An invitation to slow down and connect

Joy that isn’t shared


Yesterday I took Garrison Keillor’s anthology Good Poems to the cafe across the street for a couple hours of word-savouring in the late afternoon golden light. I have only waded through the first five sections so far, but there are so many gems in this collection–some of which I have loved for many years and many I had never come across before. In Anne Sexton’s Welcome Morning, there is a line that struck a chord:
“The joy that isn’t shared, I’ve heard,
dies young.”
I’ve been thinking about this idea a lot lately. Like many others, far more of my joyful moments this year have been experienced alone. The necessary period of isolation and social distancing that Covid has brought with it has changed the landscape of human relationships in profound ways. Don’t get me wrong–there is definitely enjoyment to be had and wisdom to be gleaned from solitary moments of joy. I even seek these out when I need time for personal reflection and renewal. But the abundance of time in my own company that 2020 has given me has helped me to better appreciate how much companionship amplifies joy.

This past weekend I went blackberry picking with a friend on her land in the country. The lane from the main road back to her cabin is bordered with trees, and the tips of the leaves at the very top of the maples are already tinged crimson. Berry picking is fun alone, but when you drop two playful souls into a mass of thorny, blackberry studded vines, the result is guaranteed comedy. As we pressed deeper and deeper into the vines, our eager fingers reaching for the large juicy berries hanging in dark clumps beneath the canopy of leaves, the thorns took hold of hair, sleeves, pant legs, and any exposed skin they could find. Suddenly our picking adventure became a painful game of twister, and the possibility of being permanently tangled in blackberry vines that would not let go very high. The fall sunshine fell down through the leaves, the breeze blew through the trees. Birds called out. Bees came and went. We shrieked and hopped, tripped and laughed our way through the vines. At the end of the afternoon our containers were brimming with inky berries, my friend’s fingers were stained purple (I was wearing gloves), exposed limbs looked like we had been in a cat fight we had lost-badly…and our cheeks were streaked from laughing ’til we cried. As we walked back up the lane to the cabin with our harvest my chest was swollen with joy, and when I glanced over at my friend and saw her grinning back at me the sparkle in her eyes told me that she felt the same.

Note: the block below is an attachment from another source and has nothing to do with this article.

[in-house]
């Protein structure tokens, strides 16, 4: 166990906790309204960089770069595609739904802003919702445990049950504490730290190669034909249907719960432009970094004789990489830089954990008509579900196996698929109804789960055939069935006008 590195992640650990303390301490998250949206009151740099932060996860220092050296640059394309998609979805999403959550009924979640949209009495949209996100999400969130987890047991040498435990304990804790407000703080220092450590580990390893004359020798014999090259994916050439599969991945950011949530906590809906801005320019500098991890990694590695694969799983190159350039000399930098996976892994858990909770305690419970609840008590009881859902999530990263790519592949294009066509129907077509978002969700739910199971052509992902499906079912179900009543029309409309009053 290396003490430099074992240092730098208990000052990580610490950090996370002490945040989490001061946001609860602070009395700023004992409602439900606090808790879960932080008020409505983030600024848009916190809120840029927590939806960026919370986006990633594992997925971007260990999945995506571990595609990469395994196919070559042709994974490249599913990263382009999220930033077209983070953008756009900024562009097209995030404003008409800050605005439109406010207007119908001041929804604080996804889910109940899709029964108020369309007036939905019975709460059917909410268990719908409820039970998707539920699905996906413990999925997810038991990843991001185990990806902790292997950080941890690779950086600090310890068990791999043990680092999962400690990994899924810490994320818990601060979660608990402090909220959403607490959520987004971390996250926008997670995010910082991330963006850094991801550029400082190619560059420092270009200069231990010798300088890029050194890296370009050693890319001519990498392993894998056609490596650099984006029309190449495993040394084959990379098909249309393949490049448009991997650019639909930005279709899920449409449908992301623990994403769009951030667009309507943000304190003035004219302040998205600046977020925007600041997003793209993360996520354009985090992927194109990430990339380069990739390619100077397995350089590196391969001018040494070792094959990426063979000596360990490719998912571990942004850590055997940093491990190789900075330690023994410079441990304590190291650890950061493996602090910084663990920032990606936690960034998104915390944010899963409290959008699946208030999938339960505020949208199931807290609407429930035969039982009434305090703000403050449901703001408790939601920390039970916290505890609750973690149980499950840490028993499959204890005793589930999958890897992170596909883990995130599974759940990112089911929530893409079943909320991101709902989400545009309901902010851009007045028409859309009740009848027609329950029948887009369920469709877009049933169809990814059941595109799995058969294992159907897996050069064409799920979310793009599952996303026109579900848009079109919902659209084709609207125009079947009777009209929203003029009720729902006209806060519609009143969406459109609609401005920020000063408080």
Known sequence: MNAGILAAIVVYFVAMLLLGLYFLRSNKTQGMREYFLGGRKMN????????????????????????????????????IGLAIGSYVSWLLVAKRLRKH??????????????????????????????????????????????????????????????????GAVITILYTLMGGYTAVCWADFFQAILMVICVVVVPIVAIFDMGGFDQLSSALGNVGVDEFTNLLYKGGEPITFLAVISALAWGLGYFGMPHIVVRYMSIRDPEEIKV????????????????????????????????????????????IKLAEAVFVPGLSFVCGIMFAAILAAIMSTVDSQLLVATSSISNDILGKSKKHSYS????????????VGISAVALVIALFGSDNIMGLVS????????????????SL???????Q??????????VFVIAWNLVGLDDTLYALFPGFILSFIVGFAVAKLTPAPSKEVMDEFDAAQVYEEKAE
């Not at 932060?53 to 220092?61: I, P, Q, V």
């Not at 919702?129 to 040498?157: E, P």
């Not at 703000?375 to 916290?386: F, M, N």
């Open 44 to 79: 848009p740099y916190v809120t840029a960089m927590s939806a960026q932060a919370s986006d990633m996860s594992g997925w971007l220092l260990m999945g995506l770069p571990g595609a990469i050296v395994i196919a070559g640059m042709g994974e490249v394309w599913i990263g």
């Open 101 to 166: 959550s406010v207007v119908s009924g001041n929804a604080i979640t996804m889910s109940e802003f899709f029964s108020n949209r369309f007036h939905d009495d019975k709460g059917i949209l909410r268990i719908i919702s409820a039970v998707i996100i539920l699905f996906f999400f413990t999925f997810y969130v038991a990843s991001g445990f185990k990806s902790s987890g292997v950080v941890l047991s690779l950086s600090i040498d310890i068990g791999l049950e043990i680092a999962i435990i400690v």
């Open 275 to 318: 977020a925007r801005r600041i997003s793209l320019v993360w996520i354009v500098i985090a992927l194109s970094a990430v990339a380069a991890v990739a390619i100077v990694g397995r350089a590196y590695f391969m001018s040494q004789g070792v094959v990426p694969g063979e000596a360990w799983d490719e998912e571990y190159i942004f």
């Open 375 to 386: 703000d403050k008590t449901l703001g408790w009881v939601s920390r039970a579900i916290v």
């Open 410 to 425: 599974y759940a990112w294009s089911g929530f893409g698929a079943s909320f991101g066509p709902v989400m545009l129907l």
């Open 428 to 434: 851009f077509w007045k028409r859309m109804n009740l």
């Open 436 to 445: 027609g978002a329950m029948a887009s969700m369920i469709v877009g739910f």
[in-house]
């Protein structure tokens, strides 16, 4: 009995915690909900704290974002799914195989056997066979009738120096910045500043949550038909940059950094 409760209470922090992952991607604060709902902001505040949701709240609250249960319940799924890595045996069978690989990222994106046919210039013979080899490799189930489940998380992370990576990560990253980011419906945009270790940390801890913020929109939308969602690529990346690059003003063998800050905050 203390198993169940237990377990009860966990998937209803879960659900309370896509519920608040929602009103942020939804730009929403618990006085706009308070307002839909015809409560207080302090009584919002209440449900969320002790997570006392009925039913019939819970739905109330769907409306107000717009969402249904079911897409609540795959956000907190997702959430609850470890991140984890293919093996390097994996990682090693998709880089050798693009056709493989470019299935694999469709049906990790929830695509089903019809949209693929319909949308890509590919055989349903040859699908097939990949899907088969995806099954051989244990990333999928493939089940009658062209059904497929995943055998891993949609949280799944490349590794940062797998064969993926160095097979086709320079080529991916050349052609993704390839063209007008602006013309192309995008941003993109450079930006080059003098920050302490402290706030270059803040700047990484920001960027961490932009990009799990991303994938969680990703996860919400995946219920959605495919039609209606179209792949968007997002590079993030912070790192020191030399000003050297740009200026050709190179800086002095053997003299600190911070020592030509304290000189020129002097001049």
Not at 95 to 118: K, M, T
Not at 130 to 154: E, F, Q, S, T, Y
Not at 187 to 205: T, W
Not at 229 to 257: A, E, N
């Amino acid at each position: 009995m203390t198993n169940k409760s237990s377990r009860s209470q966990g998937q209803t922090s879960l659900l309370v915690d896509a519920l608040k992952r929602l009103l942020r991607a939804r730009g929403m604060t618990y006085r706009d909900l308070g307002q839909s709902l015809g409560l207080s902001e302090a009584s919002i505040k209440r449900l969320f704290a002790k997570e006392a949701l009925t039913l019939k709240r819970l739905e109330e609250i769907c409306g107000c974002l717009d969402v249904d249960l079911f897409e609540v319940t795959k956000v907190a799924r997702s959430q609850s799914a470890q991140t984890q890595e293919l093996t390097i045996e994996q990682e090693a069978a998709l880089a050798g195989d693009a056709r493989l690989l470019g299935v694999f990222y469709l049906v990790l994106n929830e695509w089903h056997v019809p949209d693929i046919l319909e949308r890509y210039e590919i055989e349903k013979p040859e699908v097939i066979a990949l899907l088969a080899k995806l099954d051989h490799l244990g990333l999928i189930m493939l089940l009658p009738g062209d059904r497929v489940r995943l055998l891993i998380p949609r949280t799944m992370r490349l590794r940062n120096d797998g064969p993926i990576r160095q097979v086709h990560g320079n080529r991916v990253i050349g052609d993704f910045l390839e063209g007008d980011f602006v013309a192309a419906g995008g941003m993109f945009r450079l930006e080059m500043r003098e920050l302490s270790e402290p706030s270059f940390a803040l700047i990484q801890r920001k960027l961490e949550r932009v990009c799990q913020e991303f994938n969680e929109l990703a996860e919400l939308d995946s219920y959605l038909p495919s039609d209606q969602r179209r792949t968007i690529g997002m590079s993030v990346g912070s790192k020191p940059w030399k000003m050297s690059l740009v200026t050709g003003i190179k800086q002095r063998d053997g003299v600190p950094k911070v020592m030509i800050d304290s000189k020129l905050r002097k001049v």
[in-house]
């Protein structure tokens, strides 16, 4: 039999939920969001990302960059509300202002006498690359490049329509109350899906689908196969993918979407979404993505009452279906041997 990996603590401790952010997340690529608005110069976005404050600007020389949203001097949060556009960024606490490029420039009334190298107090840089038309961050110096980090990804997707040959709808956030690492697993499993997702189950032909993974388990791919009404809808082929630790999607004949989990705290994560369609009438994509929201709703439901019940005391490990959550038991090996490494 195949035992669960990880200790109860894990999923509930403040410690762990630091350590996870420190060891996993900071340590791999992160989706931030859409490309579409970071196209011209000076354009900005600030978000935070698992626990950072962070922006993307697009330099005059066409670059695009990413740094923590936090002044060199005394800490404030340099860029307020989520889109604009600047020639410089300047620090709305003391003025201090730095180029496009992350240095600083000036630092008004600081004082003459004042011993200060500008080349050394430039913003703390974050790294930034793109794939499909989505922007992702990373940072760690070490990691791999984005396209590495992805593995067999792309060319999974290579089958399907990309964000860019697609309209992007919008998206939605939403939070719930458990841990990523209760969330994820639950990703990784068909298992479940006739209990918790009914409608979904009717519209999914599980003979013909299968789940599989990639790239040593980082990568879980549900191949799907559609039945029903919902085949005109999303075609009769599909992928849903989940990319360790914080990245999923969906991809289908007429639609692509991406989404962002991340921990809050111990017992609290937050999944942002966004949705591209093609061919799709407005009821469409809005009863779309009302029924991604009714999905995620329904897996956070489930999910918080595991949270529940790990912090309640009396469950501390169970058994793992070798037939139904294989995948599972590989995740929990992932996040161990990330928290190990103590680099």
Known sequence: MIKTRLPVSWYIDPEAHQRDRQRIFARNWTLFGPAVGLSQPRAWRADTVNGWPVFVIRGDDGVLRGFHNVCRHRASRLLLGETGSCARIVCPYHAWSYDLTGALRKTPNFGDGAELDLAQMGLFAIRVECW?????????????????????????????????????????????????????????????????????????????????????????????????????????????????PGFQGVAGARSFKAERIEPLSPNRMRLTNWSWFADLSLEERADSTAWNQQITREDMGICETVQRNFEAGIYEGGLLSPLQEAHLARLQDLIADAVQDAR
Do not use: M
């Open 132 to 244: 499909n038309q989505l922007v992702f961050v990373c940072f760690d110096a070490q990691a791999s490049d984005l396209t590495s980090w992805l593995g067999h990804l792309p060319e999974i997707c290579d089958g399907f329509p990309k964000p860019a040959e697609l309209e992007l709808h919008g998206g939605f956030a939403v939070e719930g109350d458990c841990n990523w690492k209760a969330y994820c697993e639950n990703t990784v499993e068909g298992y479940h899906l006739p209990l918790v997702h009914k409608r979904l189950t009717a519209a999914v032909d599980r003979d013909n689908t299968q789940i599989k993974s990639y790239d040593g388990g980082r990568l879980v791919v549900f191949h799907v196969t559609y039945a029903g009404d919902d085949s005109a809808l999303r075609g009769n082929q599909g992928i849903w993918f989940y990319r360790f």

On Sunday evening we were back out at her cabin watching the sun set through the forest, writing, talking and sipping tea by candlelight while we listened to the percussion of rain fall outside. After the last light was gone, it was well and truly dark, and the rain had passed, we went out on the deck to watch the spectacle of the starry sky and moon slowly rising up over the treetops. I spend a lot of time in nature alone, and am grateful for the time to commune in silence. But standing out there sharing awe at the vastness of the night’s sky with my friend expanded the sensation of connection, and as we wove our way back into town, the country road unfurling in front of us lit by moonlight, it was with an unspoken understanding that we will talk about our shared memory of the starry night at the cabin again in the future, and joy will undoubtedly bubble up every time we do.

What is your most recent memory of joy shared?



2 comments on “Joy that isn’t shared

  1. peicraig01
    September 8, 2020

    Lovely reflection on how joy ripples out in ways we can’t imagine.


    • Ariana Salvo
      September 8, 2020

      Thank you for reading and leaving a comment love. xox

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